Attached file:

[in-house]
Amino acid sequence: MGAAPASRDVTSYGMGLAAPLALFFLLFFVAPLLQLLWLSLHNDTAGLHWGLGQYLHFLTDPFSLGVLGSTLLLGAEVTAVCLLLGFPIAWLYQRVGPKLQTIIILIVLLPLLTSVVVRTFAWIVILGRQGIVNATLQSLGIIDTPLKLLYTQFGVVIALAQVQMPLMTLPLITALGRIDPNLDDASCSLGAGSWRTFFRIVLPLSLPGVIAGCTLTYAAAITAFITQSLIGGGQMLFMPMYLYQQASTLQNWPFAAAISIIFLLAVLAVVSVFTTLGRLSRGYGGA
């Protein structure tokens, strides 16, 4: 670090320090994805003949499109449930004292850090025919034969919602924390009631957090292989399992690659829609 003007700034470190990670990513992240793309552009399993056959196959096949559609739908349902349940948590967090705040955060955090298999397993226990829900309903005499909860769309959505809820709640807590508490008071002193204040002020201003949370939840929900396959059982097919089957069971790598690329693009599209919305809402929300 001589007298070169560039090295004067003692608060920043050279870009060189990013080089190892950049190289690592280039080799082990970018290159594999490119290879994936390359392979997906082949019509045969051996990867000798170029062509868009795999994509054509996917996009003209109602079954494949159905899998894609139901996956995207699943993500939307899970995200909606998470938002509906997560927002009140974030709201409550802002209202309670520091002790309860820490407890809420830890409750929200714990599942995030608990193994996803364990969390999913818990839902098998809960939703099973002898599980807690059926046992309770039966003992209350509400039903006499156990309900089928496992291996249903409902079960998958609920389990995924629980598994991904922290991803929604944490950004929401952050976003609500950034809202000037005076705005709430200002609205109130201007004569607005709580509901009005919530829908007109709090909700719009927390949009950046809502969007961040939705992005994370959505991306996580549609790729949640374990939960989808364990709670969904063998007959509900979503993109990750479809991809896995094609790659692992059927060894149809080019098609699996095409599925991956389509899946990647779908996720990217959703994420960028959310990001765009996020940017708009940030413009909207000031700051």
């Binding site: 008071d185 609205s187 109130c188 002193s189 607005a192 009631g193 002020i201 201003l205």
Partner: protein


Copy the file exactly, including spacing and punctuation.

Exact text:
[in-house]
Amino acid sequence: MGAAPASRDVTSYGMGLAAPLALFFLLFFVAPLLQLLWLSLHNDTAGLHWGLGQYLHFLTDPFSLGVLGSTLLLGAEVTAVCLLLGFPIAWLYQRVGPKLQTIIILIVLLPLLTSVVVRTFAWIVILGRQGIVNATLQSLGIIDTPLKLLYTQFGVVIALAQVQMPLMTLPLITALGRIDPNLDDASCSLGAGSWRTFFRIVLPLSLPGVIAGCTLTYAAAITAFITQSLIGGGQMLFMPMYLYQQASTLQNWPFAAAISIIFLLAVLAVVSVFTTLGRLSRGYGGA
């Protein structure tokens, strides 16, 4: 670090320090994805003949499109449930004292850090025919034969919602924390009631957090292989399992690659829609 003007700034470190990670990513992240793309552009399993056959196959096949559609739908349902349940948590967090705040955060955090298999397993226990829900309903005499909860769309959505809820709640807590508490008071002193204040002020201003949370939840929900396959059982097919089957069971790598690329693009599209919305809402929300 001589007298070169560039090295004067003692608060920043050279870009060189990013080089190892950049190289690592280039080799082990970018290159594999490119290879994936390359392979997906082949019509045969051996990867000798170029062509868009795999994509054509996917996009003209109602079954494949159905899998894609139901996956995207699943993500939307899970995200909606998470938002509906997560927002009140974030709201409550802002209202309670520091002790309860820490407890809420830890409750929200714990599942995030608990193994996803364990969390999913818990839902098998809960939703099973002898599980807690059926046992309770039966003992209350509400039903006499156990309900089928496992291996249903409902079960998958609920389990995924629980598994991904922290991803929604944490950004929401952050976003609500950034809202000037005076705005709430200002609205109130201007004569607005709580509901009005919530829908007109709090909700719009927390949009950046809502969007961040939705992005994370959505991306996580549609790729949640374990939960989808364990709670969904063998007959509900979503993109990750479809991809896995094609790659692992059927060894149809080019098609699996095409599925991956389509899946990647779908996720990217959703994420960028959310990001765009996020940017708009940030413009909207000031700051």
């Binding site: 008071d185 609205s187 109130c188 002193s189 607005a192 009631g193 002020i201 201003l205």
Partner: protein